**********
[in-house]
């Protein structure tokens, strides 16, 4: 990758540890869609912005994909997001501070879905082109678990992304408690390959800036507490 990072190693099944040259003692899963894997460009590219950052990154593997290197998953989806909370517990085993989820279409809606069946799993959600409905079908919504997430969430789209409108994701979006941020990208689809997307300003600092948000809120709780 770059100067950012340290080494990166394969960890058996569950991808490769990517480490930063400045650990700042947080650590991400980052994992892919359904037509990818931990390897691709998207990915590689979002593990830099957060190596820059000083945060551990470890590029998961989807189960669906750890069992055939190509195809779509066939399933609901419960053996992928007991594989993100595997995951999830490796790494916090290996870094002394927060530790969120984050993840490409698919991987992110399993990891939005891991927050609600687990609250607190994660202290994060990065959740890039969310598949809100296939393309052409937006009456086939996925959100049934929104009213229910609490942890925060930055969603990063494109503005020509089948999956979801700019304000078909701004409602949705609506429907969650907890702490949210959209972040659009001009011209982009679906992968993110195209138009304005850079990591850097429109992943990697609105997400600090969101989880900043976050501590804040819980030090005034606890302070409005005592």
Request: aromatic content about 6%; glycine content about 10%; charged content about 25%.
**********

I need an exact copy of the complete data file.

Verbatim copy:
[in-house]
């Protein structure tokens, strides 16, 4: 990758540890869609912005994909997001501070879905082109678990992304408690390959800036507490 990072190693099944040259003692899963894997460009590219950052990154593997290197998953989806909370517990085993989820279409809606069946799993959600409905079908919504997430969430789209409108994701979006941020990208689809997307300003600092948000809120709780 770059100067950012340290080494990166394969960890058996569950991808490769990517480490930063400045650990700042947080650590991400980052994992892919359904037509990818931990390897691709998207990915590689979002593990830099957060190596820059000083945060551990470890590029998961989807189960669906750890069992055939190509195809779509066939399933609901419960053996992928007991594989993100595997995951999830490796790494916090290996870094002394927060530790969120984050993840490409698919991987992110399993990891939005891991927050609600687990609250607190994660202290994060990065959740890039969310598949809100296939393309052409937006009456086939996925959100049934929104009213229910609490942890925060930055969603990063494109503005020509089948999956979801700019304000078909701004409602949705609506429907969650907890702490949210959209972040659009001009011209982009679906992968993110195209138009304005850079990591850097429109992943990697609105997400600090969101989880900043976050501590804040819980030090005034606890302070409005005592």
Request: aromatic content about 6%; glycine content about 10%; charged content about 25%.